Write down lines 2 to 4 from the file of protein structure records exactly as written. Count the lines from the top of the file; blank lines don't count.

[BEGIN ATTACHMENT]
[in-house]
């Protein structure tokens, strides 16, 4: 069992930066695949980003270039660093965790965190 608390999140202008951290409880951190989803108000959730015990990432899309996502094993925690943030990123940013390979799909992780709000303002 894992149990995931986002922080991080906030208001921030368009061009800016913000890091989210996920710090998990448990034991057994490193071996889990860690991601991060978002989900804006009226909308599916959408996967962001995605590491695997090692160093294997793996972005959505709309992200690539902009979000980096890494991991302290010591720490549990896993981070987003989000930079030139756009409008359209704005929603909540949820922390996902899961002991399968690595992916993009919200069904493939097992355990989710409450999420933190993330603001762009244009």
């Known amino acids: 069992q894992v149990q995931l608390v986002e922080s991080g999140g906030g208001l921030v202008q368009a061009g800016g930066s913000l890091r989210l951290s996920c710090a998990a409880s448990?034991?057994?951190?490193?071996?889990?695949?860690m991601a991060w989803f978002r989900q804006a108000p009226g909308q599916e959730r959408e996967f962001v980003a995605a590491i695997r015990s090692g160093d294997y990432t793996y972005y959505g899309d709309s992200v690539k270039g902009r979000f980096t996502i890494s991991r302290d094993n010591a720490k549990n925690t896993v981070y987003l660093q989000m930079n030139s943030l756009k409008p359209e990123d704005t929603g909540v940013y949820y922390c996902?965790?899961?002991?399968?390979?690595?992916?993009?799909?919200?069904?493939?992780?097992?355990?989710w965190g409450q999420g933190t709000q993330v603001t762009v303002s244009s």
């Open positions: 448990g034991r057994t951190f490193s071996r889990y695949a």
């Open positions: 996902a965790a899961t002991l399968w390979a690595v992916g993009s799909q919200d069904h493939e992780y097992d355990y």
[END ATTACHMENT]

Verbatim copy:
């Protein structure tokens, strides 16, 4: 069992930066695949980003270039660093965790965190 608390999140202008951290409880951190989803108000959730015990990432899309996502094993925690943030990123940013390979799909992780709000303002 894992149990995931986002922080991080906030208001921030368009061009800016913000890091989210996920710090998990448990034991057994490193071996889990860690991601991060978002989900804006009226909308599916959408996967962001995605590491695997090692160093294997793996972005959505709309992200690539902009979000980096890494991991302290010591720490549990896993981070987003989000930079030139756009409008359209704005929603909540949820922390996902899961002991399968690595992916993009919200069904493939097992355990989710409450999420933190993330603001762009244009």
């Known amino acids: 069992q894992v149990q995931l608390v986002e922080s991080g999140g906030g208001l921030v202008q368009a061009g800016g930066s913000l890091r989210l951290s996920c710090a998990a409880s448990?034991?057994?951190?490193?071996?889990?695949?860690m991601a991060w989803f978002r989900q804006a108000p009226g909308q599916e959730r959408e996967f962001v980003a995605a590491i695997r015990s090692g160093d294997y990432t793996y972005y959505g899309d709309s992200v690539k270039g902009r979000f980096t996502i890494s991991r302290d094993n010591a720490k549990n925690t896993v981070y987003l660093q989000m930079n030139s943030l756009k409008p359209e990123d704005t929603g909540v940013y949820y922390c996902?965790?899961?002991?399968?390979?690595?992916?993009?799909?919200?069904?493939?992780?097992?355990?989710w965190g409450q999420g933190t709000q993330v603001t762009v303002s244009s």
């Open positions: 448990g034991r057994t951190f490193s071996r889990y695949a």